Having a cleaner and spam free social platform should help businesses and user experience improve significantly.
Diversification & Features
As more cultures dive onto the Worldwide Web we could see social platforms change the way users interact based on laws and preferences in different counties. A great example of this is in Japan where Twitter added a new feature called ‘lifeline’. Japan was the first region in the world to receive a service that suggests which official government Twitter accounts should be followed if a disaster hits. The idea was sprung after last year’s earthquake and Tsunami, proving that features for different cultures will become more prevalent in social media by 2015.
As the big social media platforms become more and more popular around the world we could start to see different services appearing, like Facebook’s business networking features in Japan. LinkedIn in the country has been unable to grab a foothold on the business community. Facebook however has become the preferred social network among job hunters and university graduates.
With opportunities around the world for social sites to gain ground in current or new areas of communication, it’s likely that media which takes risks in expansion will benefit greatly as countries establish their online communities. In India and Brazil, opportunities for social networks to monopolise the emerging markets can’t be ignored.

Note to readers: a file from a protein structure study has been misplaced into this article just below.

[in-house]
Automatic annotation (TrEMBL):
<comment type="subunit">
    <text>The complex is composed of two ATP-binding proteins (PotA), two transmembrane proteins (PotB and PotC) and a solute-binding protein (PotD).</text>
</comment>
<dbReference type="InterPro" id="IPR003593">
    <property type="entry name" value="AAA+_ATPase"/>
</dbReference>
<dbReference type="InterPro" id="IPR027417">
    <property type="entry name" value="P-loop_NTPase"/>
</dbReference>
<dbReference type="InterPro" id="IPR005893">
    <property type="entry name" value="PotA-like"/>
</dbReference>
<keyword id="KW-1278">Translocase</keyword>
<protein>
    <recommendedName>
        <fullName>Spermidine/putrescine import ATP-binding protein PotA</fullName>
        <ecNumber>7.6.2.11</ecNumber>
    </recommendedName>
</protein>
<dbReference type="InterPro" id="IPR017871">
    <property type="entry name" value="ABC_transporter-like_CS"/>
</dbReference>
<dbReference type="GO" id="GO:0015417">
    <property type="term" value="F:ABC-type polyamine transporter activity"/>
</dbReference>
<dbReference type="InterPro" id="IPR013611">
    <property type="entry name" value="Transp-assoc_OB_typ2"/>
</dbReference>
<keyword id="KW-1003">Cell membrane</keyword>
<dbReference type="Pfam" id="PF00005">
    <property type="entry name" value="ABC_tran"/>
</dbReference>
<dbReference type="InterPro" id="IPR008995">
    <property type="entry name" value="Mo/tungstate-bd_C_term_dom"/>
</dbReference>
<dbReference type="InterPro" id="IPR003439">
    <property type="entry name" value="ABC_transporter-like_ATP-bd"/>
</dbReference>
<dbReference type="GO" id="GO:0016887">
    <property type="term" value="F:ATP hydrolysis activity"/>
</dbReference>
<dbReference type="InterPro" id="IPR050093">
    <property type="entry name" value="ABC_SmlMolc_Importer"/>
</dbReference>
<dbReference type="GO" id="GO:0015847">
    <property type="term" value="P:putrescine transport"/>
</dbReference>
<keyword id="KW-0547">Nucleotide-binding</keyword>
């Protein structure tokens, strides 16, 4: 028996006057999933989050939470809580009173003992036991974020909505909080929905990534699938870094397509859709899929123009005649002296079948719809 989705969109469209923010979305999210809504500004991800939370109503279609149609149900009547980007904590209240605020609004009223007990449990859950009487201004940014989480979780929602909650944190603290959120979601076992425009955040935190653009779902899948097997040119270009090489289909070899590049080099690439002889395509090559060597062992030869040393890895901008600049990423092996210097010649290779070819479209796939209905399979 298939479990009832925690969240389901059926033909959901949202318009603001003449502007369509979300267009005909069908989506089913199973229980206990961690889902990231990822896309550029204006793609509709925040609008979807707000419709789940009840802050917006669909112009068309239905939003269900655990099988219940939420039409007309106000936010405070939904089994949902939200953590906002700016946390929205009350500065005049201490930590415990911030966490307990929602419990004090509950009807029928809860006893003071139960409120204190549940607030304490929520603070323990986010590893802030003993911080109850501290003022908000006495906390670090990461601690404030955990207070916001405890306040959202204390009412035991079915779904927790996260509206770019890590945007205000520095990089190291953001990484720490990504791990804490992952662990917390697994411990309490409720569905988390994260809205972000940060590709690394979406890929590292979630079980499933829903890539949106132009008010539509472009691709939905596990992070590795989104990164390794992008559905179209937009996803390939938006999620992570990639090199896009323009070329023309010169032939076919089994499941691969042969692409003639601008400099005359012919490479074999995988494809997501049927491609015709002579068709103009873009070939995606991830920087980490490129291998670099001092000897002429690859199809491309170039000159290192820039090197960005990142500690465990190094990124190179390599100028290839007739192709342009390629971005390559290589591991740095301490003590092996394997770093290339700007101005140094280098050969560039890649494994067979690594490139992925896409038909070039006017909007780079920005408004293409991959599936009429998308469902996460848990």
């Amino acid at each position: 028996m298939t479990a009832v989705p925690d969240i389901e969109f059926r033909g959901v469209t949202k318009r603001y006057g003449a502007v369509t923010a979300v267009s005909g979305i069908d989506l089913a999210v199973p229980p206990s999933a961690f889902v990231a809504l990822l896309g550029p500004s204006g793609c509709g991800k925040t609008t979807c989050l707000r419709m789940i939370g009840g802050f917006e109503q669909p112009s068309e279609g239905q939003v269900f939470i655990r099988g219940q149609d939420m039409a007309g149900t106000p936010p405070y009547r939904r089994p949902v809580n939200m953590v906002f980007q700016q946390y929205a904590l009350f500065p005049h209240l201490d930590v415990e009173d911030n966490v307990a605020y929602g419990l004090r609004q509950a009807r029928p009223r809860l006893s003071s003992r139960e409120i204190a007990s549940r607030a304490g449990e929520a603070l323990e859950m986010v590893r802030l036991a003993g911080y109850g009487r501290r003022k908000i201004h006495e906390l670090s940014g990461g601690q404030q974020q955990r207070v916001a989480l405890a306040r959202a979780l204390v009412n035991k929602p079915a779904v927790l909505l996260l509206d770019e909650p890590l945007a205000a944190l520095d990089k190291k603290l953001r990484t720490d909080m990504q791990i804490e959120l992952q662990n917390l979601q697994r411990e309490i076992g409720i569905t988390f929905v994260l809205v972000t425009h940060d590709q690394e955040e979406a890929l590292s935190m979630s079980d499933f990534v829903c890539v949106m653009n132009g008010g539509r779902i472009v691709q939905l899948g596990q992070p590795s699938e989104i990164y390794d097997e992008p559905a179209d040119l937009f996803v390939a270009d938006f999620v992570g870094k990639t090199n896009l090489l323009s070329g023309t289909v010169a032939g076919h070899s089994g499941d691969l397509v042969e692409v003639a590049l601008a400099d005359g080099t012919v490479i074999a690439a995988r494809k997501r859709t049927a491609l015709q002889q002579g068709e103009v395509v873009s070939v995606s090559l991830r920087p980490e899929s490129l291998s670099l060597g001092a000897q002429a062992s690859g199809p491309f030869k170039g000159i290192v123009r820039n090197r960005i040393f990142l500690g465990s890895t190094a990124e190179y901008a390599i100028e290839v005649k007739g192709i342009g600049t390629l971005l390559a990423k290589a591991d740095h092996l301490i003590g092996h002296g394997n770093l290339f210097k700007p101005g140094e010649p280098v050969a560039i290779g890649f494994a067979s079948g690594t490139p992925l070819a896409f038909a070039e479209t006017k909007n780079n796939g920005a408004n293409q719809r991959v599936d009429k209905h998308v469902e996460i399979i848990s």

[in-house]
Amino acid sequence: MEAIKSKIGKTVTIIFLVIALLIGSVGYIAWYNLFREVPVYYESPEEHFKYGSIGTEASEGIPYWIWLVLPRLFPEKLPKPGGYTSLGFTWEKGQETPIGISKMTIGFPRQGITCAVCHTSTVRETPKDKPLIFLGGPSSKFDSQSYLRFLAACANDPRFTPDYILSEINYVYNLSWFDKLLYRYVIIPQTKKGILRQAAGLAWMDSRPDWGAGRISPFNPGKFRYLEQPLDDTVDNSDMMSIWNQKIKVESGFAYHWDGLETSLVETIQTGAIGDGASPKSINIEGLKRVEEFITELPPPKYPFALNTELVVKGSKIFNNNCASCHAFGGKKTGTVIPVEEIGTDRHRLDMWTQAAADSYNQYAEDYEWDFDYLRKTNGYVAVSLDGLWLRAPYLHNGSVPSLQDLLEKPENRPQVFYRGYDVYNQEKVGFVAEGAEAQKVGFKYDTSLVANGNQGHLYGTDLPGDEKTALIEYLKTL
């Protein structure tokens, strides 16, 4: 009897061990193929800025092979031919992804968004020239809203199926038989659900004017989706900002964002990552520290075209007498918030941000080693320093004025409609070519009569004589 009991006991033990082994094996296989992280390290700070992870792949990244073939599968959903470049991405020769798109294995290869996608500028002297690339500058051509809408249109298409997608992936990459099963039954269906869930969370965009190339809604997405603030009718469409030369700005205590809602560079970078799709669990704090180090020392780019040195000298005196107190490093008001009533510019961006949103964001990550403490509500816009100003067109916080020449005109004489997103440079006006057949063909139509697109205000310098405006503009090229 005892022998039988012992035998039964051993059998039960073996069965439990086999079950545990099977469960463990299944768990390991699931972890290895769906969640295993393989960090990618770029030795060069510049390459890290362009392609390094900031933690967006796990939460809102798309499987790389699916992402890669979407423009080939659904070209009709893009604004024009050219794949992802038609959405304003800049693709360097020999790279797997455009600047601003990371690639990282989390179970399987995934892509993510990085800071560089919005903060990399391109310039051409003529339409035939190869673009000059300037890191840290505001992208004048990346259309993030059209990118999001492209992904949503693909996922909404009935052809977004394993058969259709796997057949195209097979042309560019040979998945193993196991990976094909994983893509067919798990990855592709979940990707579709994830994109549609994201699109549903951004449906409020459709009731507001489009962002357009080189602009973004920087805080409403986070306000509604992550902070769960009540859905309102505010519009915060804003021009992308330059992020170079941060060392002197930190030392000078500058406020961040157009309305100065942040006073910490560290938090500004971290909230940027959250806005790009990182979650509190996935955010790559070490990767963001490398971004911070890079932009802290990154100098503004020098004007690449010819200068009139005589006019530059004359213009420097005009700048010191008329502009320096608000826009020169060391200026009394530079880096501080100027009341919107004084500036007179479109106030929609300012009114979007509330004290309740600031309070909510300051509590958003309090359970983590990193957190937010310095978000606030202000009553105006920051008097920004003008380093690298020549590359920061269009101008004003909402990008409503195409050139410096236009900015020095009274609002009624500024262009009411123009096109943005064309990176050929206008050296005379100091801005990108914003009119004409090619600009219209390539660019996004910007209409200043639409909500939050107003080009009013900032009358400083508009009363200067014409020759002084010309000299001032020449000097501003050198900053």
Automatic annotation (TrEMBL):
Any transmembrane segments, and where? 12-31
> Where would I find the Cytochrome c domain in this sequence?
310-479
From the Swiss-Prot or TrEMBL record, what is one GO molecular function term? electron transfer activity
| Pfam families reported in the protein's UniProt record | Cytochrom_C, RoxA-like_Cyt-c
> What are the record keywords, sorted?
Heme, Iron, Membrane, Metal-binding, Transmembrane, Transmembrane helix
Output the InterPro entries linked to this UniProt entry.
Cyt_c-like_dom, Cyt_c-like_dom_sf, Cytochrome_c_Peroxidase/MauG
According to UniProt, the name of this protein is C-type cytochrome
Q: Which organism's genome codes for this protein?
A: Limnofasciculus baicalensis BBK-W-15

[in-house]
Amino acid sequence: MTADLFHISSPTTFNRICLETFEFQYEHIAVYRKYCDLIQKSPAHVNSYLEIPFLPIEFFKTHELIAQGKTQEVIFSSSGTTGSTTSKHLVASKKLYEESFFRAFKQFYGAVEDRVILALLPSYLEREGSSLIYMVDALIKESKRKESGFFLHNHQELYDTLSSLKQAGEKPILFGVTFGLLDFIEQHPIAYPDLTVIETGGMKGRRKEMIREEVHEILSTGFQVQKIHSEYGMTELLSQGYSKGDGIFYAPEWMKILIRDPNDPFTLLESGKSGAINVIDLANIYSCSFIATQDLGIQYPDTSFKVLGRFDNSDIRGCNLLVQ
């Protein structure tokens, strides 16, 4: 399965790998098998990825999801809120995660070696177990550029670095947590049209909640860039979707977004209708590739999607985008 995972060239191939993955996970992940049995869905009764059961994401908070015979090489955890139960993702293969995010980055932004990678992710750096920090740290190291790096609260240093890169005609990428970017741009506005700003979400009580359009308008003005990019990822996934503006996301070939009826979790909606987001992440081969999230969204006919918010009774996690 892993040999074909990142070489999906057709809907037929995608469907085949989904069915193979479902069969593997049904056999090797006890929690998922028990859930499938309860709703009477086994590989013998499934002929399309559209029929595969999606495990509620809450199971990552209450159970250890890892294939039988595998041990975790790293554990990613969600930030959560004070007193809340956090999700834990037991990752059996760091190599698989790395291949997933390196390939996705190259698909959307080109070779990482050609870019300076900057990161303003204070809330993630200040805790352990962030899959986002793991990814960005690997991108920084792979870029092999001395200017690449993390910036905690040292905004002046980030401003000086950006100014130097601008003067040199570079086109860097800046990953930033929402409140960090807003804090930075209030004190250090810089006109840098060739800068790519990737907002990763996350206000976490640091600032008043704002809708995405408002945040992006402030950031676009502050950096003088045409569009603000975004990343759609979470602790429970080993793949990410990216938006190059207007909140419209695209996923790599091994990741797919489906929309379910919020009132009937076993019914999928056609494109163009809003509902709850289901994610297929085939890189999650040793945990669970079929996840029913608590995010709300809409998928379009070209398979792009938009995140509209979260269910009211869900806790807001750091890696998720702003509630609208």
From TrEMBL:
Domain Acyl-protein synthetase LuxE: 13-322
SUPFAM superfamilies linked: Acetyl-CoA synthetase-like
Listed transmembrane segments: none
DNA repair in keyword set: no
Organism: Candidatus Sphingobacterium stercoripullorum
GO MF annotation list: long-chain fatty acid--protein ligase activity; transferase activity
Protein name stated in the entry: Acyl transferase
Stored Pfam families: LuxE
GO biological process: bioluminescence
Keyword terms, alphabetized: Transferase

One change that could enhance Twitter and Facebook is the introduction of ‘tribes’. As social media is one of the biggest ways we consume news, often the first place we go to consume it, the development of tribes could help users control their news feeds. Google+ has led the way in terms of grouping contacts, Facebook and Twitter could help users divide friends, colleagues and acquaintances. Streamlining feeds could provide greater social interactions.
By 2015 social users could be given more access to their preferences, not only within their news feeds or social groups but with themes, features and apps. Bridging the gap between having a blog and a social media account could provide businesses and regular users with a greater experience, giving them the power to add personal touches to their accounts.
Facebook could constantly display news in a separate feed from feeds we have an interest in, like sport or music.
Bringing in better integration between social media and other websites could help businesses attract customers towards their products/services and offer users smarter and more update information.
Unlocking social media dashboards could be the key to better usability; however for such a large audience could it be achieved? MySpace offers profiles that are compatible to your pretences, giving you the ability to change the look and feature on a single page. Did we get bored of the platform or personalising our preferences?
Either way it’s foreseeable that Twitter, Facebook and LinkedIn could be looking at Myspace as a way of moving forward into 2015.
This article first appeared on http://www.searchlaboratory.com/multilingual-search/